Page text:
Kerry (00:27:11): No breastfeeding. They had to put an NG tube in. She had to be on oxygen, and she would go on and off of oxygen, so they would take her off the oxygen, and she would kind of do okay. And then we'd come back in, she'd be back on the oxygen. So I was like, okay, this is clearly not going in the right direction. But they had no idea what was wrong with her.

Dr. Nicole (00:27:37): Oh my gosh. And then in the meantime, you're recovering from having surgery, and then you're going back and forth to the NICU every day? That's a lot.

Kerry (00:27:50): Yeah. We stayed in the hospital as long as we could. We took that full five days for the C-section, and we got an extra day because of the 1215 thing. So we were there as long as we could. And so that was nice because you can wheel down, wheel back, and I started pumping in the hospital, and I got hooked up with a lactation consultant there, and she was great. So we got my milk to come in, and Finley got donor milk, and then thankfully, I only live 10 minutes from the hospital,

Dr. Nicole (00:28:26): So

Kerry (00:28:27): Thankfully it wasn't a big time. There wasn't a big commute time. So we would kind of go in the morning, spend a couple hours there, go home for lunch, I would kind of rest. Then we'd go back for an afternoon, then we'd come home for dinner, and then we'd go back another time for a bedtime thing, and then we'd go to bed, and then we'd wake up and we'd do the whole thing again. Gotcha.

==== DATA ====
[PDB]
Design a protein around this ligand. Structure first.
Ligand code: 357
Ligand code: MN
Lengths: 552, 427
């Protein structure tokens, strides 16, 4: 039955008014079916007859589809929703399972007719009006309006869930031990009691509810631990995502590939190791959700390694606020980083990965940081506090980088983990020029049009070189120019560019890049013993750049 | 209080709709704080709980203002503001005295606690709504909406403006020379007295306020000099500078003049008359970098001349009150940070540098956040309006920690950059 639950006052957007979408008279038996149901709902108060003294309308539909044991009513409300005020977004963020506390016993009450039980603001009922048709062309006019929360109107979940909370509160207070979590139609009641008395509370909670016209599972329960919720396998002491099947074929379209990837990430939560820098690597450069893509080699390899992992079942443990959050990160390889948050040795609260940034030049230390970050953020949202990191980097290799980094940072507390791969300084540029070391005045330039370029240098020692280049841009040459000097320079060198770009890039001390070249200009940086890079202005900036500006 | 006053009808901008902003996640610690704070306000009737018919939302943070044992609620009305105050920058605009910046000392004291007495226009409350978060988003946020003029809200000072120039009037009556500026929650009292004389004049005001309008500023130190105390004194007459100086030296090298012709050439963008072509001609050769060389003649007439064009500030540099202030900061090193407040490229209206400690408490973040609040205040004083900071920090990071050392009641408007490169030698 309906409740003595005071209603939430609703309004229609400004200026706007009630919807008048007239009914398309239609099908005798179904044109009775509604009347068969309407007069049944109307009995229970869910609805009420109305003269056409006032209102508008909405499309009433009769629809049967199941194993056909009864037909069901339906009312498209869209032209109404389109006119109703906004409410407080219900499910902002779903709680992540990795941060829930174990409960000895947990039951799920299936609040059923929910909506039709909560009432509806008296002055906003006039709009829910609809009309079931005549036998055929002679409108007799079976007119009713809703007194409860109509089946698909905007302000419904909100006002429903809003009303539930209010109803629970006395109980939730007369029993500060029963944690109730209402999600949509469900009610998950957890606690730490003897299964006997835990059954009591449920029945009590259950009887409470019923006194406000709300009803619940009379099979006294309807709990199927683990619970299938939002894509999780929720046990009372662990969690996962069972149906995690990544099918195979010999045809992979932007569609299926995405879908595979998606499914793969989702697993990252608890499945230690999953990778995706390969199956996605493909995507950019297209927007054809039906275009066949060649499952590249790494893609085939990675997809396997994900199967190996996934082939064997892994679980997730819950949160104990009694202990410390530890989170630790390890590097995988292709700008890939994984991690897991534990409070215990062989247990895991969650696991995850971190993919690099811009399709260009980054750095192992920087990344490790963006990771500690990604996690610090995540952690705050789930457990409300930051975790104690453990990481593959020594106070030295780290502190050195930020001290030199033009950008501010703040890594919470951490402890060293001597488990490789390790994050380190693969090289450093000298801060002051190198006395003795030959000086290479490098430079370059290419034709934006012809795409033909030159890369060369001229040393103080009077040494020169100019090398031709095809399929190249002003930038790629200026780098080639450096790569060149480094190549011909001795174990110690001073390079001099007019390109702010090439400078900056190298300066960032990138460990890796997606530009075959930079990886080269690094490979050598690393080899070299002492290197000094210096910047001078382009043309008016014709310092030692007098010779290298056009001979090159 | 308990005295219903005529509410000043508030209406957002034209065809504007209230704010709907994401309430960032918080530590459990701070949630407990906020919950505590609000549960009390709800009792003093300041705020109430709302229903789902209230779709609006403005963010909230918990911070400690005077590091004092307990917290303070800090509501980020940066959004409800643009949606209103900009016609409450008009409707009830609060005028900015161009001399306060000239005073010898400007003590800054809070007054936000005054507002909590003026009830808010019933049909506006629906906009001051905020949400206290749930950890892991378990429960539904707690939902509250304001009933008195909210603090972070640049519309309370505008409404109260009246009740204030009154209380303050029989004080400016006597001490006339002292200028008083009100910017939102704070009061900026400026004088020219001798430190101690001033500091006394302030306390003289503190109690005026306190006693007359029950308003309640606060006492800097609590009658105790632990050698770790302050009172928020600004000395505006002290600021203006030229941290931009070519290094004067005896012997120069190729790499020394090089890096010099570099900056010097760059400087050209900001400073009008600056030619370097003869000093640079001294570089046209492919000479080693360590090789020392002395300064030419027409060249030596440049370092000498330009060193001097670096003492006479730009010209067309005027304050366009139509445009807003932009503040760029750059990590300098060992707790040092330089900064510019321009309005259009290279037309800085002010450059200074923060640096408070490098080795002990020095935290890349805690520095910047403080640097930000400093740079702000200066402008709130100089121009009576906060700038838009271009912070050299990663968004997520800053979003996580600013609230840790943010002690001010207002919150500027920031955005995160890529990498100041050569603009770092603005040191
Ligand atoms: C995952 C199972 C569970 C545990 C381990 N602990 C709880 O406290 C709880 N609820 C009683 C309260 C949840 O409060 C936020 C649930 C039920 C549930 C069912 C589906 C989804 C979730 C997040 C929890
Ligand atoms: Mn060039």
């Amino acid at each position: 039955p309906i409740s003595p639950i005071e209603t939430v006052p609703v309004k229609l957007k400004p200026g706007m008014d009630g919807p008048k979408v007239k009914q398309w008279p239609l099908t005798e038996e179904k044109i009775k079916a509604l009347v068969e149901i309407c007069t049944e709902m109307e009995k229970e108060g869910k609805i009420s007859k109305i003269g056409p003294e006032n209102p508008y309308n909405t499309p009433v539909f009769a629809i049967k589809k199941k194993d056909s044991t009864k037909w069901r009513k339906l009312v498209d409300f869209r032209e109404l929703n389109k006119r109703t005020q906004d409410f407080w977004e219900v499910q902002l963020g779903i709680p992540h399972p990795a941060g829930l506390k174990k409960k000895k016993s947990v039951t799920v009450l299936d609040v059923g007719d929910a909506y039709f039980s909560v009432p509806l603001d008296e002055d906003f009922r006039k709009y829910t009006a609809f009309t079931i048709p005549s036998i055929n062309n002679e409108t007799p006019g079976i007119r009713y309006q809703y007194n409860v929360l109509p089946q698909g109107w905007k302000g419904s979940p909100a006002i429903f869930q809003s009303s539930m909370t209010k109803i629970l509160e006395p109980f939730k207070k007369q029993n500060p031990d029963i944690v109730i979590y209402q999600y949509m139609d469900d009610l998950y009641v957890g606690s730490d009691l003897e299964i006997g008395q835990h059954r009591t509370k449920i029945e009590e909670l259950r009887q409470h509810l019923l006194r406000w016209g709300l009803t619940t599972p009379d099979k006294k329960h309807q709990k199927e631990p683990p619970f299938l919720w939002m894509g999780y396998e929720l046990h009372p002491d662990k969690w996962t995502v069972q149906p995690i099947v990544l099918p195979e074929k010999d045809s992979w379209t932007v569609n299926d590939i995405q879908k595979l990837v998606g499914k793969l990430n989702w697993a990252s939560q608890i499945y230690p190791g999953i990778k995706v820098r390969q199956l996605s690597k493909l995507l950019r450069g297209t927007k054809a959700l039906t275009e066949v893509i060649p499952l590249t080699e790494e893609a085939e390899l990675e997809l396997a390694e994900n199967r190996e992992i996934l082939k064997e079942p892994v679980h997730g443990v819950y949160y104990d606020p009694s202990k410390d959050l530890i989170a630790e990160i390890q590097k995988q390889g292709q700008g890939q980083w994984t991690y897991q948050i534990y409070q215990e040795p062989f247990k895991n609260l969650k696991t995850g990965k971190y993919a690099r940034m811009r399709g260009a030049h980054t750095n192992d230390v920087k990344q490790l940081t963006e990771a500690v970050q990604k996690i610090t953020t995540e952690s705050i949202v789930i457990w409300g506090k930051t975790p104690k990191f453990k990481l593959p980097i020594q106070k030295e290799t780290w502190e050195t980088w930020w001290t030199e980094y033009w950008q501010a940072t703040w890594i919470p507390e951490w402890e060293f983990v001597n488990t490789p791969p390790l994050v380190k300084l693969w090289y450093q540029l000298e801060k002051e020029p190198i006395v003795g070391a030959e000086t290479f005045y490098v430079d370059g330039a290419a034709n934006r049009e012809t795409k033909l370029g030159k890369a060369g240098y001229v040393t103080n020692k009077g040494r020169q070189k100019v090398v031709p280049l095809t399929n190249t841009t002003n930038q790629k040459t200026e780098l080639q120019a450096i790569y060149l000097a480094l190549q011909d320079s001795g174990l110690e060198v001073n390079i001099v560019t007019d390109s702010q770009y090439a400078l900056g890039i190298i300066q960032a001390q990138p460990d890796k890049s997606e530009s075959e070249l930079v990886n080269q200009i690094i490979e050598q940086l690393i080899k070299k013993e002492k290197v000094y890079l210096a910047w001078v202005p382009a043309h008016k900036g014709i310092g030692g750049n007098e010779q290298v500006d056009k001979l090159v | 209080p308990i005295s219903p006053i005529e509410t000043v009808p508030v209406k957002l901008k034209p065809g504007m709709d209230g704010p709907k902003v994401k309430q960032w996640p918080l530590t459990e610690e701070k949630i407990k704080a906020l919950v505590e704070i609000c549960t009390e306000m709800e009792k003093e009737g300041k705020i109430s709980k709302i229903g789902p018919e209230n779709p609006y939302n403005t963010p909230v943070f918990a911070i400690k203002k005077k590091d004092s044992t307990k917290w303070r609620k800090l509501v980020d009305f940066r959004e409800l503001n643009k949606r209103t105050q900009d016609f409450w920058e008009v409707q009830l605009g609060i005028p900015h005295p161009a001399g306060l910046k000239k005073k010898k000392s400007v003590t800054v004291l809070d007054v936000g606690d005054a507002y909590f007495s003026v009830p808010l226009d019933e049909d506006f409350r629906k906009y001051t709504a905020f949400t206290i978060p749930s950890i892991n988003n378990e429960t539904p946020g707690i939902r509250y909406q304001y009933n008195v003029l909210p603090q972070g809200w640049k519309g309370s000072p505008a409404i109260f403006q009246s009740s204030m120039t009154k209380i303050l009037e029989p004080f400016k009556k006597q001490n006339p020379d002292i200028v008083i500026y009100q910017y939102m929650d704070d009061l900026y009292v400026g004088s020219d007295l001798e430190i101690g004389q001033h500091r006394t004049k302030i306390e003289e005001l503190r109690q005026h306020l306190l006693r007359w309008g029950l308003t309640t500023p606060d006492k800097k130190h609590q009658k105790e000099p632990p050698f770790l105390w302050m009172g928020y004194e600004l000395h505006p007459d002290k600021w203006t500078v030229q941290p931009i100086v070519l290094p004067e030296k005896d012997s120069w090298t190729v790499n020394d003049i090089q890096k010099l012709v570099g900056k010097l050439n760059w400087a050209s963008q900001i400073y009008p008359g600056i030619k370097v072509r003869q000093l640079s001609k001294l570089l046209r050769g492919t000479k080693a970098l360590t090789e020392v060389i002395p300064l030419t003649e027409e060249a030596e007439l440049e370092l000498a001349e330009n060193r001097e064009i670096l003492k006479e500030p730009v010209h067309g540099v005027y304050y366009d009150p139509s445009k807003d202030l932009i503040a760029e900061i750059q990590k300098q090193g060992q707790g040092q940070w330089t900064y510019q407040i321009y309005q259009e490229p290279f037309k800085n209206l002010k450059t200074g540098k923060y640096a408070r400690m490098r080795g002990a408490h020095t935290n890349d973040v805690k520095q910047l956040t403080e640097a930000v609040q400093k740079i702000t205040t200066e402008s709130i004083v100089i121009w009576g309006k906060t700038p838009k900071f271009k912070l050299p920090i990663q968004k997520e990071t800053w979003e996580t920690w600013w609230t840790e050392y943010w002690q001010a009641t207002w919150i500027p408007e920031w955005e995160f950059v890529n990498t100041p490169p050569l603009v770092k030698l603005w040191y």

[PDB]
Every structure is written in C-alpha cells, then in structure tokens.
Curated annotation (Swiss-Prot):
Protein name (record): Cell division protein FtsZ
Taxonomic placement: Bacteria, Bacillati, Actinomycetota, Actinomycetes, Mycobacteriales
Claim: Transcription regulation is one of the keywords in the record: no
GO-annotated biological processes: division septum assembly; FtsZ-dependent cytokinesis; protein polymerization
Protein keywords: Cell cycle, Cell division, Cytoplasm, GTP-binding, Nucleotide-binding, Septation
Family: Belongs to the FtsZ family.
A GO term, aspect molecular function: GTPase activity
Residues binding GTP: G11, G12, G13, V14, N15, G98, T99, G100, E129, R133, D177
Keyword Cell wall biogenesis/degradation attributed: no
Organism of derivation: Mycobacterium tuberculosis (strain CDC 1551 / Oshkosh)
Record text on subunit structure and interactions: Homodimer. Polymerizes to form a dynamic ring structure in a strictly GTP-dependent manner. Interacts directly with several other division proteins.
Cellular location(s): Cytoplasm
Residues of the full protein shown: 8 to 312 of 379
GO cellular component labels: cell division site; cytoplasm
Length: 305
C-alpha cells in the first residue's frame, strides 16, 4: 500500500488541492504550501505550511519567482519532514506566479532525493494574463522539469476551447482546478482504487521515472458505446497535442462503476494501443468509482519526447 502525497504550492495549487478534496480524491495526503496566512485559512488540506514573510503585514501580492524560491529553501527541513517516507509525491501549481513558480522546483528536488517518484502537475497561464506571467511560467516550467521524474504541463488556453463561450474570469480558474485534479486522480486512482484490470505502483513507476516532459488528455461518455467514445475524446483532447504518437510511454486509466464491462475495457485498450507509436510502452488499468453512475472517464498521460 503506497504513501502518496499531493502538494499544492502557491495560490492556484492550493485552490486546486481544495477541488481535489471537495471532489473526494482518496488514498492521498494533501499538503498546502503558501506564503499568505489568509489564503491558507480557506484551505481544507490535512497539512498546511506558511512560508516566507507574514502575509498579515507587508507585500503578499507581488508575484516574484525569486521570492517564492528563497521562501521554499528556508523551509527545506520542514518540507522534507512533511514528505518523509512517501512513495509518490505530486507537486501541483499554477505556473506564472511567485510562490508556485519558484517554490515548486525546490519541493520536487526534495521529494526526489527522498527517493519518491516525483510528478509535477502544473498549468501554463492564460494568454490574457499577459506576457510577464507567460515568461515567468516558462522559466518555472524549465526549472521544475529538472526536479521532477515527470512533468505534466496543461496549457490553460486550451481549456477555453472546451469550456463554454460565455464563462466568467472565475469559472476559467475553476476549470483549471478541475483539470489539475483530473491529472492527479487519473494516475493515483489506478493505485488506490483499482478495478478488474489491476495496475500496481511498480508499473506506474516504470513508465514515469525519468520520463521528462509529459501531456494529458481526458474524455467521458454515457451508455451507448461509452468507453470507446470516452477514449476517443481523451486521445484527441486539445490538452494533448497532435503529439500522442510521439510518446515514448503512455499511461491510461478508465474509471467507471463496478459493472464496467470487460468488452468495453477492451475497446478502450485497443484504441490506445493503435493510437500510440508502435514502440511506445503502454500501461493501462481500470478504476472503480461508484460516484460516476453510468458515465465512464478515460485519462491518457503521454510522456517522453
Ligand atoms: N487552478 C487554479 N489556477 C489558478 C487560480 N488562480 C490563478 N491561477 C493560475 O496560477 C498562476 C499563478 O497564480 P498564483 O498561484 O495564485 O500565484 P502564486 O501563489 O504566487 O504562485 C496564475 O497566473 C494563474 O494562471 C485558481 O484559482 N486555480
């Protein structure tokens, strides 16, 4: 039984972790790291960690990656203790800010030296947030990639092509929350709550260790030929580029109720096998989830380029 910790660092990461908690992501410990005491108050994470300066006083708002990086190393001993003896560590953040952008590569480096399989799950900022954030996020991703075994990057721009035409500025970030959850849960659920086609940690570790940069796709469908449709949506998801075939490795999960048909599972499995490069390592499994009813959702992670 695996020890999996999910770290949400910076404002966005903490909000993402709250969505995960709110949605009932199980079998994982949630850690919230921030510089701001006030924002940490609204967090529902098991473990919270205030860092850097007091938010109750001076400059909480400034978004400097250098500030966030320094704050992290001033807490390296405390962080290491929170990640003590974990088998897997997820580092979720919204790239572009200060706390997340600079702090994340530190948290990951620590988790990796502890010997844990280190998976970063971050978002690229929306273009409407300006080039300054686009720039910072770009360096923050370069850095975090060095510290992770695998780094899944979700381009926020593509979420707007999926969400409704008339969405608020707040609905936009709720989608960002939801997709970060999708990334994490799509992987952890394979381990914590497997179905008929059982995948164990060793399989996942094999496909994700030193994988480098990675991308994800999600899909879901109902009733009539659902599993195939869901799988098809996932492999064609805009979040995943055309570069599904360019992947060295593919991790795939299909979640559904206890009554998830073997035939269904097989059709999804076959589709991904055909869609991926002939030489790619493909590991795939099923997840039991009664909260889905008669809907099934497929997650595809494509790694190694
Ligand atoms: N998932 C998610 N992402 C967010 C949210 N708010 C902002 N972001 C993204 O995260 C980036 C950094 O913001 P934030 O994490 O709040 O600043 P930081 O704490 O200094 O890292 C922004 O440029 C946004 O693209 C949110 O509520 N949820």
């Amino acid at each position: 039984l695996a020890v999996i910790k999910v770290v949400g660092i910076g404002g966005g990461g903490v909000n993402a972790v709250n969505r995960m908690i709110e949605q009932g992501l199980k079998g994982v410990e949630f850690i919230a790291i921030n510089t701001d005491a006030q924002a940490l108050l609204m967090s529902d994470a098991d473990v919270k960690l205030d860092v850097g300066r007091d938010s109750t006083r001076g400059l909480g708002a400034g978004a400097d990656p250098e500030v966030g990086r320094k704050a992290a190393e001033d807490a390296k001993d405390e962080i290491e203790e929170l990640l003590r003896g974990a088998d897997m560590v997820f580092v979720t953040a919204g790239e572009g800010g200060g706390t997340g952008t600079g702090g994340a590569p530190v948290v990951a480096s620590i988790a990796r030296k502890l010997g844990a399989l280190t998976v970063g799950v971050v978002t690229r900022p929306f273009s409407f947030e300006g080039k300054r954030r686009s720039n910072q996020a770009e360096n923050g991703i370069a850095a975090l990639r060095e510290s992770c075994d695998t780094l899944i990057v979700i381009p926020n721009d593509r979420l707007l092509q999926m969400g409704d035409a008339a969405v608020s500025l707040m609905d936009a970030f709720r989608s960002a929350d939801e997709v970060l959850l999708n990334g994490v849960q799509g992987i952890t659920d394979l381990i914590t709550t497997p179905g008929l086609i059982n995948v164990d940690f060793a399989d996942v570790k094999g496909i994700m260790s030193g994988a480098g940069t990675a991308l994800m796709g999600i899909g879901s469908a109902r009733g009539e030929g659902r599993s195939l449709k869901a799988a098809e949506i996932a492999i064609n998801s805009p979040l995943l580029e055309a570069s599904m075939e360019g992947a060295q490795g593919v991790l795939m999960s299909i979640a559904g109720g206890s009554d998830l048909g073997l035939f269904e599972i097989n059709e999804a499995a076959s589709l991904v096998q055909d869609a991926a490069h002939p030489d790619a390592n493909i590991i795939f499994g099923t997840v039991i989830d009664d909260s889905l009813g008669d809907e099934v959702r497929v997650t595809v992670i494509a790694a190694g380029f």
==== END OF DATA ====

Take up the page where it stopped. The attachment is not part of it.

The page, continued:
Dr. Nicole (00:28:51): Gotcha. And then were you on leave from work at all?

Kerry (00:28:55): Yeah. Yeah. So I was on maternity leave, and my husband amazingly had paternity leave for six weeks. So for the first bit he was on leave, although he was also a college student, and this is happening at the end of a semester, so he somehow finished his semester.

Dr. Nicole (00:29:13): Oh my gosh. Okay. That's crazy. Yeah,

Kerry (00:29:17): I don't know how he did that. Yeah.

Dr. Nicole (00:29:19): And were you at all thinking, I mean, obviously you're hoping that she's going to come home at some point, and were you like, well, I, you think your leave is to be able to bond with your baby, or was your work had you even gotten to that point?

Kerry (00:29:34): So it was a real rollercoaster because the first couple weeks we think we're trying to process, okay, so now we're going to have this high needs child and we're going to have to figure this out. And we're trying to just process that. And it's again, kind of a struggle because we're really active, outgoing, outdoors people. And so that doesn't always fit super well with a high needs child. But we're like, okay, we'll figure this out. And then at one point, the social worker told us, started getting us to try to do the paperwork for disability services and Arizona long-term care, which is the Medicaid hot care for people who are going to need a high level of care.

(00:30:23): And she's talking about being on vent. And that's where I kind of lost it. So that was the end of her for me, because I was like, I talked to my doctor. I was like, why is she talking to me about event when we don't even know what's wrong yet? What is happening? And I told the doctor, then I don't want anyone to speculate about what our life is going to be like or what she has until you can give me a diagnosis. So I don't want to hear what might be happening. When you have a diagnosis, let us know, and then we'll deal with what it is. Okay.

Dr. Nicole (00:30:56): So then how did they finally get a diagnosis and what was